In journalism lingo, a pull quote is a great one-liner, the kind that gets reprinted in big, bold text in the margin of a magazine story. You usually know one when you hear it: the best quotes are often surprising, spontaneous, and short. This year, our staff and freelance writers interviewed dozens of noteworthy Texans from all walks of life, producing so many great quotes that it was difficult to winnow them down. Funny and thoughtful, whimsical and deadly serious, these are ten of our favorites.


“I’m a grown-ass person, but I do not know what I’m doing.” —Brené Brown, author, speaker, and social work researcher

During the pandemic, even more Americans have found comfort in the work of wildly popular vulnerability researcher Brené Brown. Sarah Hepola’s profile of “America’s Therapist” is at once warm and skeptical, following Brown from her rocky college years to her international fame today.


“It was the first time that we had a real superhero.” —Danny Trejo, actor, on what his Machete character meant for Latino representation in film

In 1969, Danny Trejo was in solitary confinement in San Quentin State Prison when he made a deal with God: if he ever walked free, he would stay sober, leave his life of crime behind, and do whatever he could to help others. More than a half-century later, the successful actor and entrepreneur has done exactly that. Cat Cardenas relates the wild tale of Trejo’s journey from prison to Hollywood stardom.


“I was born to be inside a studio in tights.” —Alyssa Edwards, drag superstar

One of the world’s most successful drag queens, Mesquite native Alyssa Edwards shares her story with Emily McCullar in this unputdownable profile. Edwards’s story is also the story of how drag, once a subversive underground art form, went mainstream.


“Be gentle, go easy on yourself.” —Adriene Mishler, YouTube yogi

Austin resident Adriene Mishler, whom the New York Times recently lauded as “the reigning queen of pandemic yoga,” spoke with Andy Langer this spring. Her inclusive message of “finding what feels good” has resonated with fans who previously felt sidelined by the yoga establishment.


“One of the things I’ve learned being African American in this country is that what people don’t know about frightens them, and when they get frightened, they get angry. They are afraid of change, of being pushed and marginalized themselves.” —Vivian Stephens, romance editor

Romance writing is often derided and overlooked, but it’s a billion-dollar-a-year business that comprises 23 percent of the U.S. fiction market. Mimi Swartz profiles one of the industry’s major players, Houstonian Vivian Stephens. A former editor at Doubleday and Harlequin Books, Stephens, 87, was instrumental in founding the Romance Writers of America, and she worked tirelessly to diversify the mostly white, wealthy publishing world—before she was pushed out. 


“It’s a full-blown crisis. I don’t think about much else.” —Doug Parker, American Airlines CEO, on the pandemic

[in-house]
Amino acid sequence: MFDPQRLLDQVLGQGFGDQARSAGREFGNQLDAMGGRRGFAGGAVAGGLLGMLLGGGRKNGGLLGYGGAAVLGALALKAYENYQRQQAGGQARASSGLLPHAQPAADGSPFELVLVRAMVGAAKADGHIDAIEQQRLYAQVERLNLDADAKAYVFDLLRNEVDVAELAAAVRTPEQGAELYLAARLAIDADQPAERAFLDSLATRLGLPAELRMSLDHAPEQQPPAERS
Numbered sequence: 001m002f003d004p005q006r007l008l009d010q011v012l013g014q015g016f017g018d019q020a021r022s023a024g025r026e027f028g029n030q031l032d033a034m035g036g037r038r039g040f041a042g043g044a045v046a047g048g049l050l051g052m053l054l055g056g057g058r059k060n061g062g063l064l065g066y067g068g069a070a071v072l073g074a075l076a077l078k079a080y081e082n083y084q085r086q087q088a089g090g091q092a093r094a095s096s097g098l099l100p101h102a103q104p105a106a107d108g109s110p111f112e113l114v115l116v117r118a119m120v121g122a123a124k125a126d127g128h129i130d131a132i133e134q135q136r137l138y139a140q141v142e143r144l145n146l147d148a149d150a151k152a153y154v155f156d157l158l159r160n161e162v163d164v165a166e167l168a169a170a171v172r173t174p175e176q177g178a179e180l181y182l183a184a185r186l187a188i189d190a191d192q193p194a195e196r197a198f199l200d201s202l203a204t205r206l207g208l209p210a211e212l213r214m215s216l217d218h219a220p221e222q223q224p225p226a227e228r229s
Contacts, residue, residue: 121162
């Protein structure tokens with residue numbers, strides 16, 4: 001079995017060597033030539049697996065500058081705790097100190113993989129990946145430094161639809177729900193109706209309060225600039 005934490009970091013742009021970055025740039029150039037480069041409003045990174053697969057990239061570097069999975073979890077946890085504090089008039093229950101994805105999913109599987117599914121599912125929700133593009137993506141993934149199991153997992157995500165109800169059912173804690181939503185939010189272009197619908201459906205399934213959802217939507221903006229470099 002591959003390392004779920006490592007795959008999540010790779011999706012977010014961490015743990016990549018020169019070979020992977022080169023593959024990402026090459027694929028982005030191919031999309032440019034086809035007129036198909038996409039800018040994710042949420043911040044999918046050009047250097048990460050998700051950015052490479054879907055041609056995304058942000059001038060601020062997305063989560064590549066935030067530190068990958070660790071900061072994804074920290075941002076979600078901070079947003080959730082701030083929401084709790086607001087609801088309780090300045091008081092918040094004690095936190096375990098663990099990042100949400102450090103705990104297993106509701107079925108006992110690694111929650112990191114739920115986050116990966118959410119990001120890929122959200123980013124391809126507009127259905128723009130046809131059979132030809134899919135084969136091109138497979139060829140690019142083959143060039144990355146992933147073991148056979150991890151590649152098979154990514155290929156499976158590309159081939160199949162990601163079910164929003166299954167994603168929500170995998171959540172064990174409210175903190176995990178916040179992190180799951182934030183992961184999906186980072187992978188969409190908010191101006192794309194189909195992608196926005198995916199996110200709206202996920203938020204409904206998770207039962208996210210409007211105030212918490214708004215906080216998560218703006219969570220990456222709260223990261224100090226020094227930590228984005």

Parker spoke with writer Jason Heid, whose feature story takes an unflinching look at why the Dallas-based airline is so uniquely infuriating to customers. The short answer: the company has spent billions and piled up massive debts in recent years, leaving it unprepared to weather the pandemic.


“I don’t think I ever did my homework.” —Quinn Mason, composer

Quinn Mason, 24, was often distracted in his Dallas elementary school, because all he wanted to do was study classical music. Today, that laser-focused mind and singular musical talent have made him one of the most sought-after young composers in the nation. One of Mason’s mentors told writer Katy Vine that “Two hundred years from now, people are going to look back at the twenty-first century and say, ‘This is the age of the composer-conductor Quinn Mason.’ ”


“Intention without direction ends up being void.” —Emmanuel Acho, author and sportscaster

A former NFL linebacker who recently turned his hit YouTube series, Uncomfortable Conversations With a Black Man, into a book of the same name, Acho spoke with Arielle Avila about how readers who want to fight systemic racism can turn good intentions into action.


“We have to do better.” —Art Acevedo, Houston police chief, on allegations of police misconduct

The outspoken, nationally prominent police chief gave a wide-ranging interview to Keri Blakinger for the February issue of Texas Monthly. They spoke about criminal justice reform and why Acevedo considers himself a RINO (Republican In Name Only). In June, a story by Michael Hardy also examined how the chief’s record is less progressive than his rhetoric.


“I close my eyes and ask God to ask Willie (they share a condo in Maui) what I should do to get through my writer’s block. I hear a rumble of thunder and then a slow, resounding E chord being strummed, and this message appears gin-clear in my mind: Keep it simple, stupid.” —Robert Earl Keen, singer-songwriter

Keen penned an ode to Willie Nelson—and his knack for writing deceptively simple songs—for Texas Monthly’s special issue on the Red Headed Stranger.